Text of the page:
What are the protests about and what’s actually going on here?
Last Wednesday and Thursday marked some of the largest mass rallies the Greeks have seen since the fall of the Military Junta in the 1970’s. They came on the eve and day of a final vote by parliament to implement yet another set of austerity measures in hopes to counter the immense government debt.
Protests in Greece are nothing new, we have seen our fair share and been tear gassed here and there as well. However, they rarely turn violent and usually do not involve clashes between protestors. What happened on Wednesday and Thursday was different and much more violent than expected.
As over 100,000 heads marched into Syntagma square the mood was especially tense and angry. This was visible as we walked through the crowds and as we watched the chaos ensue from our balcony. The vast majority of Greeks are enraged with their government for loosing so much money through superfluous spending and corrupt hoarding. This was the last political party in charge, the current socialist majority leaders entered the scene vowing to clean it up but once unable to do so, bore the brunt of the public’s disdain. As a result Greeks are bitter over the government and see no reason to help them, viewing it as their leader’s problem to fix. Hence the implementation of more austerity measures is viewed by many to be unfair punishment by a government that got themselves in trouble. So let the protests begin!
99% of the protesters are not violent and want nothing to do with battling the riot police. Many of them only wish to be present in the city center and exercise their right to voice their concerns and anger over the tough situation. Another group exists though, identified by black hoodies, red bandanas, and the big Anarchist ‘A’. These youths arrive to the protests only with the intention of causing as much damage and hurt as many policemen as possible. Although they are a minority, the Anarchists often gain the media spot light and shed an inaccurate image onto the protest scene. On Thursday, two of the Greek communist parties had enough of the Anarchists stealing the show and fought back with force. What resulted was a full on street battle.
What happened to us that day…
Our view of Wednesday’s protests was from a fourth flour balcony over Syntagma Square. Everybody but us and a few other guests left the hotel the previous night, probably the right decision. As the thousands of people filtered in it became immediately obvious that there were much larger groups of black hooded anarchists than normal. As it turned out, there were over 1,000 present when normally only 50 – 100 show up. Before the main rallies and peaceful protests chants could even begin fire and petrol bombs began to explode throughout the square. The riot police remained oddly apathetic as Molotov cocktails were chucked at their phalanxes. This occurred for a few hours and then the police fought back with dozens of tear gas grenades. This infuriated the anarchists who broke down the police barricades, lit small structures on fire, and started smashing the steps of our hotel to acquire more marble missiles.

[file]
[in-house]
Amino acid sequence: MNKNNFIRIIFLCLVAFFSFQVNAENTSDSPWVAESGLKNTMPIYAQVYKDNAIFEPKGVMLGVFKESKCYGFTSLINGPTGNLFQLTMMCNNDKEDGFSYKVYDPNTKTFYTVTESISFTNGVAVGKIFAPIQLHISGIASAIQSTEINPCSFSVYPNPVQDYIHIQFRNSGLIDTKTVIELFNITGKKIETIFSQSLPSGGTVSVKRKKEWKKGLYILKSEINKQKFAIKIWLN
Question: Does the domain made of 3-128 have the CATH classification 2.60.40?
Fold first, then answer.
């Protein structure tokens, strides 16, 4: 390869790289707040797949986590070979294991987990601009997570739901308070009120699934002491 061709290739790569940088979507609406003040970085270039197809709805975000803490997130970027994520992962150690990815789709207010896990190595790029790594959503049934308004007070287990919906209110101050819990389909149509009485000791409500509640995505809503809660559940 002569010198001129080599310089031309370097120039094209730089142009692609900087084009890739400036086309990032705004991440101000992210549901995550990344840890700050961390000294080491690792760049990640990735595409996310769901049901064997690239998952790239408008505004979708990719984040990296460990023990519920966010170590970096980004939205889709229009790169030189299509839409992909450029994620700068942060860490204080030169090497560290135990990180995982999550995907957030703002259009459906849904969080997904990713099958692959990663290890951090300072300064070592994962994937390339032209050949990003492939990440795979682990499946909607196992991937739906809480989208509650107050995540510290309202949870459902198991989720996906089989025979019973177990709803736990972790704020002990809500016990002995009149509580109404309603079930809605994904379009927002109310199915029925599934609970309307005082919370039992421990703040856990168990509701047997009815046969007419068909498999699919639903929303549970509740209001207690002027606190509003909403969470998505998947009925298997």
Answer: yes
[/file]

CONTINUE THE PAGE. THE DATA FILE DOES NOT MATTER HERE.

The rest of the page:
As the anarchists destroyed more and more private property, the rest of the protesters became increasingly aggravated and began to fight back. This resulted in many fistfights and street brawls throughout the square with fire bombs being thrown at ordinary people rather than the fire-suit laden police. More than once we saw elderly women yell at a hooded youth only to be punched or clubbed in the face with a stick.
As we were watching the mood suddenly shifted and the marble smashers began to throw rocks at us rather than the police around them. At this point we decided perhaps it was time to leave the balcony and find some other human beings to be with in the hotel. Thus we headed to the top floor restaurant to curb our worries by getting some food. As we were eating the staff was noticeably worried and sounds of banging and bomb explosions outside were becoming louder and more frequent. Our waiter knocked over our water because he was shaking and shortly after two employees came running in franticly speaking in Greek. Next came the universal signal that something is not OK….they turned on oddly peppy music to soothe the mood. I couldn’t help humming Harry Chapin’s ‘Dance band on the Titanic’.Suddenly the manager of the restaurant burst open the doors yelling ‘PROBLEM, COME NOW!’. As we headed towards the exit we were greeted by a cloud of teargas inside the hotel and a large man wielding a nasty metal club. He ordered us to run as fast as we could down the back stairs and wait for security to meet us. Rebecca and I took the lead with about 20 other tourists following our directions. As we ran down 8 stories, smoke and teargas strengthened. At the bottom we briefly got lost in a dark room, could hear loud noises from outside the door, turned around, and found the security men with more clubs in the kitchen. By that time the gas was nearly unbearable and we were given lemon slices to put over our eyes to cut the burning. Next came a knock on the door and we were escorted by another club wielding man down burning, gas filled streets, to a safer area.
|Barricaded door after the fact|
|The Road to Safety|
As the story unfolded later, it turns out that for some reason the anarchists decided to attack the hotel. So, they began breaking down the door which eventually gave way, fought their way past some security guards and staff to made their way into the hotel. We aren’t sure if they set fire and teargassed the lobby but somehow their efforts brought much smoke and gas into the hotel. After that my mom and aunt were moved to another hotel and we decided to get out of dodge to spend a quiet weekend in Nafplio. More blogs to come soon!